Suitability of Video Consultations During the COVID-19 Pandemic Lockdown: Cross-sectional Survey Among Norwegian General Practitioners
Journal article, Peer reviewed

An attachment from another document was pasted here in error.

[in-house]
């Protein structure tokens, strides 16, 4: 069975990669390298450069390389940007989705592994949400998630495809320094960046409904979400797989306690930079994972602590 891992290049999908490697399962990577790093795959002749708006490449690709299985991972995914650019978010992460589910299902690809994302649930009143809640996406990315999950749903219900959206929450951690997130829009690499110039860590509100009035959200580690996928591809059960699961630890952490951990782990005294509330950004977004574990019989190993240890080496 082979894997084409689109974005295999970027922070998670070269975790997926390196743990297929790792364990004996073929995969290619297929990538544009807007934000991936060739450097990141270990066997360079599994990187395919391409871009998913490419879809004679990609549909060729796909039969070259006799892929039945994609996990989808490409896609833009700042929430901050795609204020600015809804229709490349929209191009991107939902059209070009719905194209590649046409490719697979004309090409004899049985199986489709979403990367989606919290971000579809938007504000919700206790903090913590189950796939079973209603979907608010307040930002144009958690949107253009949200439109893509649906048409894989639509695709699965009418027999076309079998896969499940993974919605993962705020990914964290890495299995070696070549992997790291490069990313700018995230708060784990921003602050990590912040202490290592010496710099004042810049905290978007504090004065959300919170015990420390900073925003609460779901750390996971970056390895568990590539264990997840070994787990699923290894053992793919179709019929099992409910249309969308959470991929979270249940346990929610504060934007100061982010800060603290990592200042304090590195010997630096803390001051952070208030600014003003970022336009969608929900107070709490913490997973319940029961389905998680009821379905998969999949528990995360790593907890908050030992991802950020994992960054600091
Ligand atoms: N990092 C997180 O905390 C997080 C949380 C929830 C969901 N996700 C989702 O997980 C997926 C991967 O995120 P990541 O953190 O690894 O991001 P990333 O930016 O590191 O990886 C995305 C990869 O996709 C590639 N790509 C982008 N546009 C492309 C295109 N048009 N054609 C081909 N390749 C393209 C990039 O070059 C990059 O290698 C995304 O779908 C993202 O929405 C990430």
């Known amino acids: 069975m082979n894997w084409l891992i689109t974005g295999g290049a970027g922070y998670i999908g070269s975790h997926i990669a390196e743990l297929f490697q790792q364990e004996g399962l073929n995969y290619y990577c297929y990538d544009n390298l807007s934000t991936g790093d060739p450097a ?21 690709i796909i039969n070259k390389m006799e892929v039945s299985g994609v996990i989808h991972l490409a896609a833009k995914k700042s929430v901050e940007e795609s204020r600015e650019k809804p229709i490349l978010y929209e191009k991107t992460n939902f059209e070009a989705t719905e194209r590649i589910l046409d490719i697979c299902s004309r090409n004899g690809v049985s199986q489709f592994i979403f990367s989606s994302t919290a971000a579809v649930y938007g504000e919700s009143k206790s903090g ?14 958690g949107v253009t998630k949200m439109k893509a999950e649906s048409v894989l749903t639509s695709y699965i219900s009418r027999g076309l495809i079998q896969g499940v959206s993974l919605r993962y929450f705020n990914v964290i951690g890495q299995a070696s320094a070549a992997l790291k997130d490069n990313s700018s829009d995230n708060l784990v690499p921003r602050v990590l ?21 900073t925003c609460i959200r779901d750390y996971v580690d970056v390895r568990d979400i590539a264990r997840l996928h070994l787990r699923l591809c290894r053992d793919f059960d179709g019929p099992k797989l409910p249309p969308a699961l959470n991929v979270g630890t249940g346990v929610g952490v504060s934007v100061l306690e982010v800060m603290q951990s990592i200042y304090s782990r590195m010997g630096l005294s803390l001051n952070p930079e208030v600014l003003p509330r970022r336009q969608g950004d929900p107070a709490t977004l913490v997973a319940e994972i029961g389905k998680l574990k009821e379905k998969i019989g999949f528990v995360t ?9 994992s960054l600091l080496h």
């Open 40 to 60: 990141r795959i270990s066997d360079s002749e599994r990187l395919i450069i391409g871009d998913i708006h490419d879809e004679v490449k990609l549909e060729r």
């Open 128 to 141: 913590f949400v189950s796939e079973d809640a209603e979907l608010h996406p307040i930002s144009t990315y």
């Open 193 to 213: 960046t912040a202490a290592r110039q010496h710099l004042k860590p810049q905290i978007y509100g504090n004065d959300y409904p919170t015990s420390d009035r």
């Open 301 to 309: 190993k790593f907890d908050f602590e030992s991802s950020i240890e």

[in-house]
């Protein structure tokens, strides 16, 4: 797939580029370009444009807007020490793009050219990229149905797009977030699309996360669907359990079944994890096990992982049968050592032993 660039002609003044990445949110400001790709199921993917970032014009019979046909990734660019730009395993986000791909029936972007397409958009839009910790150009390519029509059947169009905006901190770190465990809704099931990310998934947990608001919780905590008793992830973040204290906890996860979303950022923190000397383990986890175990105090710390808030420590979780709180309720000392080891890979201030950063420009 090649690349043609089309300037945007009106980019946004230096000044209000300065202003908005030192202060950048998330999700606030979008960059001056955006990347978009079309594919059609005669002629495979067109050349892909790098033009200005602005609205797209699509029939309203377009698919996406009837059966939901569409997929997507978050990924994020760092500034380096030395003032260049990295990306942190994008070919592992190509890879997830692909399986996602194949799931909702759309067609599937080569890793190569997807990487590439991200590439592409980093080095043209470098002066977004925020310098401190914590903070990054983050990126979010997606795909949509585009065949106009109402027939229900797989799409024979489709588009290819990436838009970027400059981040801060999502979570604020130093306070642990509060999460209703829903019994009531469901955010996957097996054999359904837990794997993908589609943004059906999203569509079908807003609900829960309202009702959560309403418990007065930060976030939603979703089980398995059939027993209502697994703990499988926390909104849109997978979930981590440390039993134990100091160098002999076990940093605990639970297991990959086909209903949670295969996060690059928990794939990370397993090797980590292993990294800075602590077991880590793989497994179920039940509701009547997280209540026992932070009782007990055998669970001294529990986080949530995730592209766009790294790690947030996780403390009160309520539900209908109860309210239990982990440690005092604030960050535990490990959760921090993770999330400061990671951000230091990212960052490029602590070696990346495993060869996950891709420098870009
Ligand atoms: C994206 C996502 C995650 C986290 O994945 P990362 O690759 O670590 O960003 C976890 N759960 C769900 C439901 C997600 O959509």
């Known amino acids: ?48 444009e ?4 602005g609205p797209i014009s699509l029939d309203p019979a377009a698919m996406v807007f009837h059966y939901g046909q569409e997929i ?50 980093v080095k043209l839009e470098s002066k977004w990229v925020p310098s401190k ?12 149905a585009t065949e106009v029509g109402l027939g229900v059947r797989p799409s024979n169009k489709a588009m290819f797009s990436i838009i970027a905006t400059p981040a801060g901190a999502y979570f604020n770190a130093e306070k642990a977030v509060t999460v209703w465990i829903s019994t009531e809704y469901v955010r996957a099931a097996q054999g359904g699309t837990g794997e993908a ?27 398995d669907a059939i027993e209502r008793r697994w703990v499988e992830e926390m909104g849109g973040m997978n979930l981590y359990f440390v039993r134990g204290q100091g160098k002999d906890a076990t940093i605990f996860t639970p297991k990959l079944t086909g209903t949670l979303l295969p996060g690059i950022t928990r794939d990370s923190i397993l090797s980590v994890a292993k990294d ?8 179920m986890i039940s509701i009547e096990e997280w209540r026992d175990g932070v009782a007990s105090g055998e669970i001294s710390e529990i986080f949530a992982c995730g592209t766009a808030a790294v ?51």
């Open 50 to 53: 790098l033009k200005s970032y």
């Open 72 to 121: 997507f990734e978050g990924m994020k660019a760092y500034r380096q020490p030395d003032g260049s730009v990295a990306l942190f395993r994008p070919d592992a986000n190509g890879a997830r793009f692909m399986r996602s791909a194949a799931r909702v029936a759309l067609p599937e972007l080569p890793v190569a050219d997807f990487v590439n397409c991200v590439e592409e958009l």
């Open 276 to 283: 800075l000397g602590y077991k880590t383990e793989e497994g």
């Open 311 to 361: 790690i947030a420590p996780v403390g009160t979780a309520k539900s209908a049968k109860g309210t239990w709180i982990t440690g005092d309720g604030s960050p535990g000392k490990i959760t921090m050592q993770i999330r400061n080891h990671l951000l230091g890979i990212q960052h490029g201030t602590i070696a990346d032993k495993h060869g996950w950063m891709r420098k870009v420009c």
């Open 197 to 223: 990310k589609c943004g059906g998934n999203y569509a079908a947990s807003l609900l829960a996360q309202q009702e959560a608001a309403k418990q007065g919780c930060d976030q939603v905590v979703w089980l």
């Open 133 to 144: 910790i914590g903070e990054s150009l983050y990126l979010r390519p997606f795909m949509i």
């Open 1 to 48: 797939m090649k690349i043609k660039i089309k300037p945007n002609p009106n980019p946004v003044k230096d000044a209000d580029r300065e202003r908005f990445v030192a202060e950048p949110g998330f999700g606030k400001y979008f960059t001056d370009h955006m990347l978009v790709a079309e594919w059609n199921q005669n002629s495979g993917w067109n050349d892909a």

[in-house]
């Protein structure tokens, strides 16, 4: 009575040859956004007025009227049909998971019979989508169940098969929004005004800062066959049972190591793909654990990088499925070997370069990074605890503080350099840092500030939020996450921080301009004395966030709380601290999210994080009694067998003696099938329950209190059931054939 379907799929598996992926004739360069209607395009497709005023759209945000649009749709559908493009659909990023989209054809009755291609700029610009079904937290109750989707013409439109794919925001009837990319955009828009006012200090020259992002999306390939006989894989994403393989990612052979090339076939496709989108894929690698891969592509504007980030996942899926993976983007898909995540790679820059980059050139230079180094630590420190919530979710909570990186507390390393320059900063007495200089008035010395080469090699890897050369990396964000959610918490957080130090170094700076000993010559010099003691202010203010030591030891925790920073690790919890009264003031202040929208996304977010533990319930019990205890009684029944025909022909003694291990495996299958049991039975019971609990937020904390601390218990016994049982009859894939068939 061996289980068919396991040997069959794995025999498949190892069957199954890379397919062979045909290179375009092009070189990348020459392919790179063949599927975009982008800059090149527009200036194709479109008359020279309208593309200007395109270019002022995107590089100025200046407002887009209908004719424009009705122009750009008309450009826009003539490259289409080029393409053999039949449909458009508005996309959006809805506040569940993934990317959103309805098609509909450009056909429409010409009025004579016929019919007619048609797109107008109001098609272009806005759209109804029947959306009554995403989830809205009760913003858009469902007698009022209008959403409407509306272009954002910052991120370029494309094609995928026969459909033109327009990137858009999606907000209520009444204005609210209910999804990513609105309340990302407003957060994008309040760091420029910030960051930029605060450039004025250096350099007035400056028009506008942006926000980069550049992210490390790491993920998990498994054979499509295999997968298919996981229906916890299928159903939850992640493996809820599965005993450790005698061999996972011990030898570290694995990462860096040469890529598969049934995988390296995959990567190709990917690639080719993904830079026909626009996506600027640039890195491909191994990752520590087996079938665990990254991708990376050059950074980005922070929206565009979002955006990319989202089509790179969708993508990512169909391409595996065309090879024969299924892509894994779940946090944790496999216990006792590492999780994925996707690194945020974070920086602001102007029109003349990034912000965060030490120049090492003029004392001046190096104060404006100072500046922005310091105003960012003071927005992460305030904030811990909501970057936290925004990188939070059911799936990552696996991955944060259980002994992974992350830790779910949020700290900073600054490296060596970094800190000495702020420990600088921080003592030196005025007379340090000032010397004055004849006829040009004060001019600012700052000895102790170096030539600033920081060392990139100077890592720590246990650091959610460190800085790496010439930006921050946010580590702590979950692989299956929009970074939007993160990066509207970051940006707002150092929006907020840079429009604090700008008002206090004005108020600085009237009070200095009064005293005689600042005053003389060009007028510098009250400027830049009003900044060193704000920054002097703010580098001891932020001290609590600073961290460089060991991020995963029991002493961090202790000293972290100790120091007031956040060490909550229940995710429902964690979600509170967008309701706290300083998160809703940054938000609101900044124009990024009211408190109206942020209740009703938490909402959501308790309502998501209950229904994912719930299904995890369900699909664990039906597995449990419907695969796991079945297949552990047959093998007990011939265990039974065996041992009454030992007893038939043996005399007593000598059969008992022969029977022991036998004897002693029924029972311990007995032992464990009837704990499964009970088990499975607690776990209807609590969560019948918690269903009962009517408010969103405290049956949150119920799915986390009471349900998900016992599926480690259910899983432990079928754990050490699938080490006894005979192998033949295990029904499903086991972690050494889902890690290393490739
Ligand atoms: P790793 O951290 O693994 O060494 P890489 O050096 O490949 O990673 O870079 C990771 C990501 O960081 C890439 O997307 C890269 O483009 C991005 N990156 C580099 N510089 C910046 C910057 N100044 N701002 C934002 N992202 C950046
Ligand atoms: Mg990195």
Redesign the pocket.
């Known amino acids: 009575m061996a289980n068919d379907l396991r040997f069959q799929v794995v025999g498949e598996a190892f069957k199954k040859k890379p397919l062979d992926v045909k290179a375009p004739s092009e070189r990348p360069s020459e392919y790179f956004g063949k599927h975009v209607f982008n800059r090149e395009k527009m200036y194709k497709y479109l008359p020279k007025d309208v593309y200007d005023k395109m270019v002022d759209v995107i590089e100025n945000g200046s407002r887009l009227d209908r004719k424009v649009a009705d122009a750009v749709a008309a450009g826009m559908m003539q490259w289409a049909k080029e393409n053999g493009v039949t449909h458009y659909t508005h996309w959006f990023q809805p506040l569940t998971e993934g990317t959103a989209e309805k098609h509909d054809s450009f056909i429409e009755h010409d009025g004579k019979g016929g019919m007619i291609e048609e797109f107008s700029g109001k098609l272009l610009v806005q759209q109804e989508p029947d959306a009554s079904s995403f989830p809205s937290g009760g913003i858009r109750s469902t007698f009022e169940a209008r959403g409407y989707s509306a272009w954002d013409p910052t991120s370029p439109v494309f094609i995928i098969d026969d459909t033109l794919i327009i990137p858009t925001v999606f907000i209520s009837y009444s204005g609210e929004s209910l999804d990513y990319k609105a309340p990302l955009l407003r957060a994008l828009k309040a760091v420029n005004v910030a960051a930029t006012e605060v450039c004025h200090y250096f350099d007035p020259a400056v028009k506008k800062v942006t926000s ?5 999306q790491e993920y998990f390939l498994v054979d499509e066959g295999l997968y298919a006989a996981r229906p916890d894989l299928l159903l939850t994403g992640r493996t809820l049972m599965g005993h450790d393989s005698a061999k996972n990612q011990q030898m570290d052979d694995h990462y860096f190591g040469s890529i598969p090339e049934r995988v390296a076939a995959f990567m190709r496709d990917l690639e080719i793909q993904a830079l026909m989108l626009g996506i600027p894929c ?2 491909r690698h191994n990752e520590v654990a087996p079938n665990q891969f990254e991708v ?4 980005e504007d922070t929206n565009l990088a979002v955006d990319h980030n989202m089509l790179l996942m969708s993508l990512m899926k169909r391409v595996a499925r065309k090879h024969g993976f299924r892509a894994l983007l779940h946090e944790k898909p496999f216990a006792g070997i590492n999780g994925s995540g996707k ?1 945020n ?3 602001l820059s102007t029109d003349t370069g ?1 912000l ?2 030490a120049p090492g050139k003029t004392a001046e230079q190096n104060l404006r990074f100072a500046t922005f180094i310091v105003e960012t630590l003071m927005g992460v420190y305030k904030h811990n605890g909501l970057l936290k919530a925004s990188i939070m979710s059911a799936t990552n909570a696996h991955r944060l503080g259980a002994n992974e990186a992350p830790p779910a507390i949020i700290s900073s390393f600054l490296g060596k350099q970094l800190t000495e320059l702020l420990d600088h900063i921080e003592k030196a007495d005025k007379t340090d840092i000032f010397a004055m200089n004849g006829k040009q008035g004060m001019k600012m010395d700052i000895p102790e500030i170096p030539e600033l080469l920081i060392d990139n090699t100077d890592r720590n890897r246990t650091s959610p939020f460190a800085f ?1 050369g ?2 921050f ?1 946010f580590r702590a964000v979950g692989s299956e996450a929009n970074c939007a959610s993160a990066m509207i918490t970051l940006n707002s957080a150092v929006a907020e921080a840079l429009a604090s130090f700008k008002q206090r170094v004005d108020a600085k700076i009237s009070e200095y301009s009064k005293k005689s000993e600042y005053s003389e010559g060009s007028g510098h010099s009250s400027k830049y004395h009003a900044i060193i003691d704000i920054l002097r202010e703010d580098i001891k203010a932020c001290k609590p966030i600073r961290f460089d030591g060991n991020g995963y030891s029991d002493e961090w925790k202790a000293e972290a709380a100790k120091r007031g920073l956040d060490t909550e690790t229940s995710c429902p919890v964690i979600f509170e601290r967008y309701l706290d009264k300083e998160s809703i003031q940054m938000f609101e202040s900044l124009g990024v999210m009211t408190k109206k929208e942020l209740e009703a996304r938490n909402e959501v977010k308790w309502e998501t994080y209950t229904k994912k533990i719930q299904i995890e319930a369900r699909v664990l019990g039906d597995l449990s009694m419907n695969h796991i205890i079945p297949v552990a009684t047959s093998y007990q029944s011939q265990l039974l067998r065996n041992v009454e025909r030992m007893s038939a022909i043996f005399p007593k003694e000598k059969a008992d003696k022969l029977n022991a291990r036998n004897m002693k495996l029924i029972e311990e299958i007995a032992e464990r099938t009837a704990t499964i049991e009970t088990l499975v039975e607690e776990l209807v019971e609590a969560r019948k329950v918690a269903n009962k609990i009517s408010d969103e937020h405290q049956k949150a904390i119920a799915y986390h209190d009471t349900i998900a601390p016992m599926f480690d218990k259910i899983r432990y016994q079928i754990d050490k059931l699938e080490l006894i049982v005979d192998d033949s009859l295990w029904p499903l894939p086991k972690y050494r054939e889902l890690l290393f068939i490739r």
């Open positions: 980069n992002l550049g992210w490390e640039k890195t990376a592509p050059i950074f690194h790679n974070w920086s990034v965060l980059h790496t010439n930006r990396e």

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Background: The COVID-19 pandemic imposed an acute, sharp rise in the use of video consultations (VCs) by general practitioners (GPs) in Norway. Objective: This study aims to document GPs’ experiences with the large-scale uptake of VCs in the natural experiment context of the pandemic. Methods: A nationwide, cross-sectional online survey was conducted among Norwegian GPs during the pandemic lockdown (April 14-May 3, 2020). Each respondent was asked to evaluate up to 10 VCs. Basic demographic characteristics of the GPs and their practices were collected. The associations between GPs’ perceived suitability of the VCs, the nature of the patients’ main problems, prior knowledge of the patients (relational continuity), and follow-up of previously presented problems (episodic continuity) were explored using descriptive statistics, diagrams, and chi-square tests. Results: In total, 1237 GPs (26% of the target group) responded to the survey. Among these, 1000 GPs offered VCs, and 855 GPs evaluated a total of 3484 VCs. Most GPs who offered VCs (1000/1237; 81%) had no experience with VCs before the pandemic. Overall, 51% (1766/3476) of the evaluated VCs were considered to have similar or even better suitability to assess the main reason for contact, compared to face-to-face consultations. In the presence of relational continuity, VCs were considered equal to or better than face-to-face consultations in 57% (1011/1785) of cases, as opposed to 32% (87/274) when the patient was unknown. The suitability rate for follow-up consultations (episodic continuity) was 61% (1165/1919), compared to 35% (544/1556) for new patient problems. Suitability varied considerably across clinical contact reasons. VCs were found most suitable for anxiety and life stress, depression, and administrative purposes, as well as for longstanding or complex problems that normally require multiple follow-up consultations. The GPs estimate that they will conduct about 20% of their consultations by video in a future, nonpandemic setting. Conclusions: Our study of VCs performed in general practice during the pandemic lockdown indicates a clear future role for VCs in nonpandemic settings. The strong and consistent association between continuity of care and GPs’ perceptions of the suitability of VCs is a new and important finding with considerable relevance for future primary health care planning.